Why Mosquitoes Are A Serious Threat

Mosquitoes can cause sickness and death through the diseases they can carry. We will discuss in detail mosquito borne diseases and which ones threaten us here in Louisiana both currently and potentially. Apart from disease mosquitoes also cause nuisance problems for rural home owners and ruin recreational activities such as hunting and outdoor sports. In extreme situations high levels of nuisance mosquitoes can pose a threat to livestock and wild animals as well. The economic impact of the problems that mosquitoes cause is staggering for such a tiny little insect. We will discuss this impact worldwide, nationally, and locally as well in this section on mosquitoes and the serious problems they cause. For even more information on mosquito borne diseases you can check out this article from AMCA.


Topic number one: Mosquito Borne Disease / Is it a problem?

  • According to the World Health Organization mosquitoes infect over 300 million people a year with Malaria and Dengue, just two of the life threatening diseases mosquitoes can carry.
  • According to WHO of those 300 million 800,000 will die from Malaria and another 20,000 from Dengue.
  • In Africa alone where mosquito control efforts are severely lacking businesses note that work absences related to mosquito borne diseases cost them $12 billion a year in lost productivity.
  • According to the CDC in the United States alone since 2001 over 30,000 people have been infected with West Nile Virus. Of those 30,000 infections 1,200 have resulted in death.
  • Excluding the cost of mosquito control efforts by governmental agencies the cost of WNV related health care alone in the US was estimated at $200 million dollars in 2002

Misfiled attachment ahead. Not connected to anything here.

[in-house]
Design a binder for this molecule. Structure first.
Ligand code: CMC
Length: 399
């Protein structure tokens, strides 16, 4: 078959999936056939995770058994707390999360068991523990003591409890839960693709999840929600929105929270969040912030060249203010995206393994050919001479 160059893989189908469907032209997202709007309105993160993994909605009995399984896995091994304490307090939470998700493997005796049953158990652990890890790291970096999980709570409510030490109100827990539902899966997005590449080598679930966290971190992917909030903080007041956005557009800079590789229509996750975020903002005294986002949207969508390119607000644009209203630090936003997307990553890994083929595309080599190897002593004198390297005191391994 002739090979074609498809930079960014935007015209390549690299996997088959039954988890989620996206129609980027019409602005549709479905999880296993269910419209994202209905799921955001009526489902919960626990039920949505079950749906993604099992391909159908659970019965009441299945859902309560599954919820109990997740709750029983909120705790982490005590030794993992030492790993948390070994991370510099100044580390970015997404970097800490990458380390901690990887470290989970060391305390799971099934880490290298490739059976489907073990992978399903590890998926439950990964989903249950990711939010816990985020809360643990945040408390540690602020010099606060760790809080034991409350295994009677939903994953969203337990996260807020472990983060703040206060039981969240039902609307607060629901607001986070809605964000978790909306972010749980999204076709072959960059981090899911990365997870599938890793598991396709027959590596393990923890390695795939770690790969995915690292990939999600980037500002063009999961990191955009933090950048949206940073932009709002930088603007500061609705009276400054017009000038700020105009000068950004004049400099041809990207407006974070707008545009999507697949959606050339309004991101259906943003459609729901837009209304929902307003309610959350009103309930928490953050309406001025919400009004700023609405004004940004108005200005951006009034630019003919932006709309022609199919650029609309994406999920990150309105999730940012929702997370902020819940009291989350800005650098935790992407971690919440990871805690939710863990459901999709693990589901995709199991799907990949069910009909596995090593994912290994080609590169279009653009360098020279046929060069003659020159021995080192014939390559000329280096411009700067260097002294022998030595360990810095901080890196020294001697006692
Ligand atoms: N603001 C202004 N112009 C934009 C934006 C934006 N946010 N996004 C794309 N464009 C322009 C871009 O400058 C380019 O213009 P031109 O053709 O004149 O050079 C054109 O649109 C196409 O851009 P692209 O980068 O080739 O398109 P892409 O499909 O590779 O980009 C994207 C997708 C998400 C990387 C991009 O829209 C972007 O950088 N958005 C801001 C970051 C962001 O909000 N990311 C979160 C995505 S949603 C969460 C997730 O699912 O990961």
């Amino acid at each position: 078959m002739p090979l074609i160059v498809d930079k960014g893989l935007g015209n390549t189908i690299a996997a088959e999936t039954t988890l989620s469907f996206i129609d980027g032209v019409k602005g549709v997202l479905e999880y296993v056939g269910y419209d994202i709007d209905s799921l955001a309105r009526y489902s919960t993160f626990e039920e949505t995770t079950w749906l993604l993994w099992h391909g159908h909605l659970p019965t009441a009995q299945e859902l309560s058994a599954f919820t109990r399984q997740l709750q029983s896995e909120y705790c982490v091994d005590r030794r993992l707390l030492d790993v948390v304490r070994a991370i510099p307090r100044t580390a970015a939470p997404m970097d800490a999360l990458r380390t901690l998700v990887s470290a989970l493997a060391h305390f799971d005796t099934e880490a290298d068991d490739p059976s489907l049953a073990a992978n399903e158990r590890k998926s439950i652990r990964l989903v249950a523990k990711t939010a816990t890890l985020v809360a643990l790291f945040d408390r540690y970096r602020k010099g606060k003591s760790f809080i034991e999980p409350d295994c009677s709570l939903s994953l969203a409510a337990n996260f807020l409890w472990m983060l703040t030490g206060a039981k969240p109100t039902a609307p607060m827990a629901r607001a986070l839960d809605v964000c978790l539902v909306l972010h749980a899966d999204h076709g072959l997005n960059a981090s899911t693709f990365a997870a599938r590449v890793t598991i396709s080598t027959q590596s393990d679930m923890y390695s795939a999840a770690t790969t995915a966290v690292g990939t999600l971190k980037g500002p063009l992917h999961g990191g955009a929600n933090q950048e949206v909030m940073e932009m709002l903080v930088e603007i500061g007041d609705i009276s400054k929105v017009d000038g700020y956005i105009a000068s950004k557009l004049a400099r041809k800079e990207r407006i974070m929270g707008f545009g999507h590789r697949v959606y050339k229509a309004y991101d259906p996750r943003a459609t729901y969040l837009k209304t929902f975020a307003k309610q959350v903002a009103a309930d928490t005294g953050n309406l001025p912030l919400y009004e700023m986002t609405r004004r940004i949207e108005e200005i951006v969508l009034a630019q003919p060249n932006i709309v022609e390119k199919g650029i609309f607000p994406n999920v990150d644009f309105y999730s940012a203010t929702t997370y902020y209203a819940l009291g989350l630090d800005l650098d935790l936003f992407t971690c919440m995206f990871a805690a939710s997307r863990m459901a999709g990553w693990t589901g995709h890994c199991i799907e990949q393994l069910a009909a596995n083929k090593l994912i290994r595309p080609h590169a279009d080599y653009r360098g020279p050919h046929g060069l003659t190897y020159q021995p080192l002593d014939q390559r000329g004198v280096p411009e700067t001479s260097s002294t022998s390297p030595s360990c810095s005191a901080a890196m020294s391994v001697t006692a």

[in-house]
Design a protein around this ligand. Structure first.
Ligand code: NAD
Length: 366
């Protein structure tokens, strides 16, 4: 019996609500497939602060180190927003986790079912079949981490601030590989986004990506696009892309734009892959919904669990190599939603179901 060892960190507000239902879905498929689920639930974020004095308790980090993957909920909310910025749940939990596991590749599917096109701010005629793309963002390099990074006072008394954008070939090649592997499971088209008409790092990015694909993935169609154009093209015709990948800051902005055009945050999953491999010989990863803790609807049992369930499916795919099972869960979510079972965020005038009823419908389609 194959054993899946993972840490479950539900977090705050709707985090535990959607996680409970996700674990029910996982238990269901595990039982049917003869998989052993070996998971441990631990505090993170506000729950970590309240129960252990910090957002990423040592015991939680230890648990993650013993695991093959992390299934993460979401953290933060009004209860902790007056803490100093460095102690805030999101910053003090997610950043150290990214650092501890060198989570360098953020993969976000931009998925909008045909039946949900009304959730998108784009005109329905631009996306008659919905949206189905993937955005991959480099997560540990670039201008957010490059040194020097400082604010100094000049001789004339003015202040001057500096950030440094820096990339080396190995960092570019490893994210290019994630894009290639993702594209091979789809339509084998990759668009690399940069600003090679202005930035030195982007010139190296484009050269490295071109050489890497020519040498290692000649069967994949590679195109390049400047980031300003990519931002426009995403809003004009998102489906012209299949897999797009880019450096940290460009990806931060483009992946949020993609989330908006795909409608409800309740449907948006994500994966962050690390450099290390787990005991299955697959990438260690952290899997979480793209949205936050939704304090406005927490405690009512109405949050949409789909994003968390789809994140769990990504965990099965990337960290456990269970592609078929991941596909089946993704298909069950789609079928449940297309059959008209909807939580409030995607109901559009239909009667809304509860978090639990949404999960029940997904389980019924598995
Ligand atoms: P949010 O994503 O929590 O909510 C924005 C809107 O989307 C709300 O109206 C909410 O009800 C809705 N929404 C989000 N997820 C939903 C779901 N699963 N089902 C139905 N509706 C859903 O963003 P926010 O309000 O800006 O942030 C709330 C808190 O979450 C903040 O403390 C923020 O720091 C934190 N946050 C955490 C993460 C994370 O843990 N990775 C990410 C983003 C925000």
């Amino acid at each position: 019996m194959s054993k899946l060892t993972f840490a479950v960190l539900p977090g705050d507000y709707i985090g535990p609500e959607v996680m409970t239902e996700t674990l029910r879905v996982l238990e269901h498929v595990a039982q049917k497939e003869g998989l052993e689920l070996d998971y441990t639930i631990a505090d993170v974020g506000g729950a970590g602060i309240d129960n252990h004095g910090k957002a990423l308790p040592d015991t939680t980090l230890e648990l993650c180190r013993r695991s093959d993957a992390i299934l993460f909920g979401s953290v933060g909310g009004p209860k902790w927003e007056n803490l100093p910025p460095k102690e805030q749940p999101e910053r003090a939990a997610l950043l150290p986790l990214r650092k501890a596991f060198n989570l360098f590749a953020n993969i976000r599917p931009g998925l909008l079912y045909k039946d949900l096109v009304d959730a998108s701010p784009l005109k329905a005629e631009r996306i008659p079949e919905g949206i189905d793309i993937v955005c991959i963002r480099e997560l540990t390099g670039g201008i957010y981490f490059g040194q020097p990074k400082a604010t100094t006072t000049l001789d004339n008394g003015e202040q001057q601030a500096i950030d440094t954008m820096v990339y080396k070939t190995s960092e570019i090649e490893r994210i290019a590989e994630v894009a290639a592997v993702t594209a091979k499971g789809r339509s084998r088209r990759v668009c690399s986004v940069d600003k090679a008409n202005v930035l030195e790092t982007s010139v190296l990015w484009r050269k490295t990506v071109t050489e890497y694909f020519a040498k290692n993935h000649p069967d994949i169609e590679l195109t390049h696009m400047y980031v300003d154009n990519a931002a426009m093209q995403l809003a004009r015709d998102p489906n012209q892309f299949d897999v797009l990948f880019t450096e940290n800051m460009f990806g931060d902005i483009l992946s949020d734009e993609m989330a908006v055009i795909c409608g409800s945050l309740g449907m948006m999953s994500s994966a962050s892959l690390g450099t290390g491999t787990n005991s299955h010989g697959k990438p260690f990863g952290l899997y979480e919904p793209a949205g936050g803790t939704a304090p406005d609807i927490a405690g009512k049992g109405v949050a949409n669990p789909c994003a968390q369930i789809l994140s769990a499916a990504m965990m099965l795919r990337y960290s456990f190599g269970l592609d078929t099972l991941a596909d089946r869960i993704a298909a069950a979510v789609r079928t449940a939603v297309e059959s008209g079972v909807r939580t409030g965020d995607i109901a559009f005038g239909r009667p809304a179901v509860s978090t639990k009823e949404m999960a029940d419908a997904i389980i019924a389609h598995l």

Mosquito borne diseases in Louisiana: what you need to know!

Zika Virus 
  • When and if the United States or Louisiana for that matter experiences wide spread problems with Zika Virus remains to be seen. If Louisiana does experience widespread problems with Zika Virus more than likely the mosquito species to blame will be the Asian Tiger Mosquito (Aedes Albopictus). This species breeds entirely around the home so it will become more important than ever to empty those containers and rid your yard of standing water. For more information on the Asian Tiger Mosquito and it's breeding habits check out our page entitled "Meet Your Villians".
  • The situation with Zika Virus is one that is changing constantly so for answers to your questions about Zika Virus you can call our office at 225-214-5900 or you can follow the link below to the CDC information page on the current status of Zika Virus in the US, you can also check out our Facebook page where we post updated information constantly on Zika Virus and other mosquito-borne disease threats.
  • CDC Page:  
West Nile Virus
  • Abbreviation: WNV
  • Threat status: current
  • Fatality rate: less than 1%
  • Primary mosquito vector: Culex Quinquefasciatus (Southern House Mosquito)
  • Potential mosquito vectors: Aedes Vexans, Aedes Aegypti, Aedes Albopictus, Aedes Triseriatus, Anopheles Quadrimaculatus, and Culex Salinarius.
West Nile Virus first arrived in the United States in 1999 in the New York area, since then it has spread rapidly covering virtually every part of the country. WNV most often starts out as a bird disease, it is then maintained and passed around from bird to bird in the wild by mosquitoes. Humans are infected when a mosquito that has fed on an infected bird then turns around and feeds on a human. WNV is not transmitted from human to human but rather from bird to mosquito to man, with man being an accidental or dead-end host. People over the age of 75 are at the greatest risk for succumbing to the severe form of the disease known as neuroinvasive WNV.